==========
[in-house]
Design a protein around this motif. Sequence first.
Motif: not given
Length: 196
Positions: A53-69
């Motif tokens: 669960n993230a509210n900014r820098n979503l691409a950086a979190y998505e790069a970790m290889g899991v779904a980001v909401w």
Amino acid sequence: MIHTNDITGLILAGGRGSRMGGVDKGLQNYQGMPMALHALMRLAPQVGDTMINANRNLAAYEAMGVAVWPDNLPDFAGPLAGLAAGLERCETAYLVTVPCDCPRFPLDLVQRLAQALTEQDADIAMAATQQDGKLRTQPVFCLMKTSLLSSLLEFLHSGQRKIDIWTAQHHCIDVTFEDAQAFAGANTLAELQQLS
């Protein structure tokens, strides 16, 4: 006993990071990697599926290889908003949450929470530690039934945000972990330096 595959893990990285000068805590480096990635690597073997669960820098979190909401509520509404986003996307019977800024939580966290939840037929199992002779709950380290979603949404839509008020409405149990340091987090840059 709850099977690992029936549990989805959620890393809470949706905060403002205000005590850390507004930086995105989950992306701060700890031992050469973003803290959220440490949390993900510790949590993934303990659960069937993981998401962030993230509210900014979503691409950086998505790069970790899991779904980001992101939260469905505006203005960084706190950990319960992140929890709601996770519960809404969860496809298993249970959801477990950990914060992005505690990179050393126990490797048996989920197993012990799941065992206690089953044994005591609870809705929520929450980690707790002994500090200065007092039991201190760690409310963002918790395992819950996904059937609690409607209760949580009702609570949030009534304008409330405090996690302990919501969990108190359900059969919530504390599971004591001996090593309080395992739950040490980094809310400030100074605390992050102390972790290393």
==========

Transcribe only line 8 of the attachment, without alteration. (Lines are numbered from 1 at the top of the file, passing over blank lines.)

């Protein structure tokens, strides 16, 4: 006993990071990697599926290889908003949450929470530690039934945000972990330096 595959893990990285000068805590480096990635690597073997669960820098979190909401509520509404986003996307019977800024939580966290939840037929199992002779709950380290979603949404839509008020409405149990340091987090840059 709850099977690992029936549990989805959620890393809470949706905060403002205000005590850390507004930086995105989950992306701060700890031992050469973003803290959220440490949390993900510790949590993934303990659960069937993981998401962030993230509210900014979503691409950086998505790069970790899991779904980001992101939260469905505006203005960084706190950990319960992140929890709601996770519960809404969860496809298993249970959801477990950990914060992005505690990179050393126990490797048996989920197993012990799941065992206690089953044994005591609870809705929520929450980690707790002994500090200065007092039991201190760690409310963002918790395992819950996904059937609690409607209760949580009702609570949030009534304008409330405090996690302990919501969990108190359900059969919530504390599971004591001996090593309080395992739950040490980094809310400030100074605390992050102390972790290393």